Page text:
Gadient keeps busy as Jones County Dairy Princess

The Jones County Dairy Banquet was held earlier this year on Feb. 11. Royalty was announced including, first row from left: Kylee McElmeel, 2017 Little Miss Squirt; Drew Ricklefs, 2017 Little Sir Dairyman; Claire Bergfeld, 2016 Little Miss Squirt; and Keegan McElmeel, 2016 Little Sir Dairyman. Second row: Grace Gadient, 2017 Jones County Dairy Princess; Katelyn Goldsmith, Iowa Dairy Princess; and Darby Kramer, 2016 Jones County Dairy Princess. (Express file photo)
Kim Brooks
Express Editor

     If you spend any time at all with Jones County Dairy Princess Grace Gadient, two things are blatantly obvious: She knows her stuff when it comes to the dairy industry, and she has a passion for the business.

     Gadient was crowned Dairy Princess in February of this year during the Jones County Dairy Banquet. She said after attending the banquet last year, she offered to serve as Dairy Princess this year if no one came forward.

     “Last summer, I was told I was selected,” she said.

     This role comes with a lot of responsibilities; Gadient knows her summer before she heads off to college will be a busy one.

     “It’s all about promoting dairy products, dairy in general, and sharing my experiences in the dairy industry,” explained Gadient.

     She has community events to attend, including visiting some of the libraries in Jones County.

     “I’ve been invited to read books and talk about my experiences (in the dairy industry),” she said. Gadient will be at the Monticello Public Library on June 21, and the Anamosa library on June 24.

     She’ll be seen throughout the Jones County Fairgrounds in July, promoting dairy products.

     Just this past weekend, Gadient was at Fareway in Monticello handing out free ice cream to customers on a hot day.

     Gadient has high ambitions. She recently attended a dairy princess workshop that teaches participants about public speaking and promoting the dairy business. Gaident said she plans to run for the state dairy princess title as well, something no one from Jones County has ever won before.

     Gadient’s parents, Bill and Melissa, got out of the dairy business when Gadient was about 7 years old. During her senior year, they got back into it, with Gadient taking on some of that responsibility herself.

     “It was my grandma who taught me how to milk actually,” shared Gadient.

     In fact, she is a third-generation dairy farmer. Bill bought the farm from his parents, Gary and Katy Gadient.

     “I plan to take it over some day,” said a hopeful Gadient.

     With school over, Gadient said they’ve been able to rearrange their milking schedules, balancing milking twice a day with her duties as Dairy Princess, and a part-time job at St. John’s Day Care in Monticello.

     “Mom and I do all of the milking,” she said.

     They milk twice a day, which Gadient said is just perfect.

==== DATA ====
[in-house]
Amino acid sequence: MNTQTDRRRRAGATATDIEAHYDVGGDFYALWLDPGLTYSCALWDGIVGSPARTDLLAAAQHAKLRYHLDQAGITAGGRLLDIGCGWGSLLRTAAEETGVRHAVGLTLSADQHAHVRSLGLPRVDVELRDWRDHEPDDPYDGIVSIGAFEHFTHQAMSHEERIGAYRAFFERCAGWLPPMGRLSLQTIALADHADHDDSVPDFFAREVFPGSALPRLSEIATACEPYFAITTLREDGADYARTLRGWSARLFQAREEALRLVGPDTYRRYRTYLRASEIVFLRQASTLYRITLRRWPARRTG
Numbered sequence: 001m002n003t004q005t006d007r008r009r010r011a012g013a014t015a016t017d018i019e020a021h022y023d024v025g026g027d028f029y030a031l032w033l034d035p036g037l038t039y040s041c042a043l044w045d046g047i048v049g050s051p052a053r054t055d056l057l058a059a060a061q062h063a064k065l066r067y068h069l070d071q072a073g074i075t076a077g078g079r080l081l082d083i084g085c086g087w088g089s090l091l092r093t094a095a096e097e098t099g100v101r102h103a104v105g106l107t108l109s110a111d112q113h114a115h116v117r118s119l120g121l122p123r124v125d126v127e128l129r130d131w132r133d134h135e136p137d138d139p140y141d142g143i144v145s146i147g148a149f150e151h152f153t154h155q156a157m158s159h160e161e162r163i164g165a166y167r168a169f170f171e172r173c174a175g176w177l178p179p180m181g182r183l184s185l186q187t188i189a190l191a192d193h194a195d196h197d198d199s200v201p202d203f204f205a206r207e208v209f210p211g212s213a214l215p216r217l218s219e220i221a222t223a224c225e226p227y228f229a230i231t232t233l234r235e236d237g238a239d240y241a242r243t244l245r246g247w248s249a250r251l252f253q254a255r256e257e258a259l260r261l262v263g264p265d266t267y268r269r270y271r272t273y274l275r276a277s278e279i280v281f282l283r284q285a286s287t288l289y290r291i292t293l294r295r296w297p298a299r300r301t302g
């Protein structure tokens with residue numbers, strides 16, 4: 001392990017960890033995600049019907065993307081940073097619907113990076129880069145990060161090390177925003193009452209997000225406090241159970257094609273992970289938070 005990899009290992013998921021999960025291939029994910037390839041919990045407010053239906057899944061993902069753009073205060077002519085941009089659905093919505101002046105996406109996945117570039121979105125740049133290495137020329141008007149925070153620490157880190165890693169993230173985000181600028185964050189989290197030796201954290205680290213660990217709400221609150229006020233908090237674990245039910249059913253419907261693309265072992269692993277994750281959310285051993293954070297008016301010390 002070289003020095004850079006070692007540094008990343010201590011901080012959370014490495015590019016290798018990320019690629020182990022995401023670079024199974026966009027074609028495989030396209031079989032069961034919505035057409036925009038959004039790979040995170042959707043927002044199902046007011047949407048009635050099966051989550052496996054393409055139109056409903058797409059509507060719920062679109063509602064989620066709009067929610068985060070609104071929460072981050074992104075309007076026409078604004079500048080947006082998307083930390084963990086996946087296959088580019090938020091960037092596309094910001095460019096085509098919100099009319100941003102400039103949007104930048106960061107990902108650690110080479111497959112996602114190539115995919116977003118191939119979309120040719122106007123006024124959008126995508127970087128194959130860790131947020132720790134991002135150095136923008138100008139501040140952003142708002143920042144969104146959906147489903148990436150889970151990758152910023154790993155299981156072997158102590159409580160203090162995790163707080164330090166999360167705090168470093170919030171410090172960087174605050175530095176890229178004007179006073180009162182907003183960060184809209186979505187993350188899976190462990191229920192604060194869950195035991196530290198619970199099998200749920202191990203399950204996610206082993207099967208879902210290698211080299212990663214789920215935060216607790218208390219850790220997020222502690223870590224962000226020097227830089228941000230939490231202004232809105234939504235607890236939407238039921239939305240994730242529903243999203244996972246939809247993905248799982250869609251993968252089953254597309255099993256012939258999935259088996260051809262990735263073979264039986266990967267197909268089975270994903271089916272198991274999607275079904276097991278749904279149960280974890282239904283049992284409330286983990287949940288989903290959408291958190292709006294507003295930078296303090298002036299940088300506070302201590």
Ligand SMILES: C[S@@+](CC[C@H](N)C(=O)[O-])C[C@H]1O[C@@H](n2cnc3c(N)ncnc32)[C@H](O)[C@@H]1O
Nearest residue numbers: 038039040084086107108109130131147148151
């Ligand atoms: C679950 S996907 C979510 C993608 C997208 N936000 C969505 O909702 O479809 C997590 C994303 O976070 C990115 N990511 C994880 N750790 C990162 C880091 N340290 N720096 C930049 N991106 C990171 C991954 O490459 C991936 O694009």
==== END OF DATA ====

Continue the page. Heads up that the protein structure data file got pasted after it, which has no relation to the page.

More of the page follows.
“You don’t want to over do it,” she said of excess milking. “Twice a day keeps the cows healthy and helps produce a better product.”

     During her senior year, they would rise early in the morning and milk at 5 a.m. Gadient would head into town for a full day of school, put in some time at St. John’s, then head back home for milking at 5 p.m. This was followed by play or track practice, depending on the time of year.

     “It got very chaotic,” said Gadient. “We were always moving and stayed busy.”

     With her two younger sisters busy running in track (Grace threw discus and shot put), Gadient said they had to change their milking times so Mom and Dad could attend track events. They would milk at 10 a.m. and 10 p.m.

     “That got to be long hours,” she said of not getting to bed until late in the night.

     Now, they milk at 8 a.m. and 8 p.m., and Gadient said she takes over when her parents want a night out.

     The Gadients have 92 Jersey cows, and milk 76 of them right now. They also have 40 calves, half of those male and half female.

     “The males we’ll raise as steers for profit,” said Gadient.

     She said she finds the Jerseys to be calmer and tamer than Holsteins, which they used to raise.

     “They’re just easier to work with,” she said.

     In the fall, Gadient plans to attend Kirkwood Community College for pet grooming and veterinary assistant. An internship at the Monticello Vet Clinic, set up through Workplace Learning Connections, gave her a first-hand experience working with animals.

     “I just enjoy animals and spending time with them,” she said.

     The internship allowed Gadient to assist during surgeries by giving shots, shaving the animal before a surgery, and closing the incision with stitches. She also assisted at OB appointments with the births of calves.

     After college, Gadient plans to continue working on the farm.

     “This definitely teaches me responsibility and real-world experience,” she said of balancing so much in life. “But it’s very enjoyable.”


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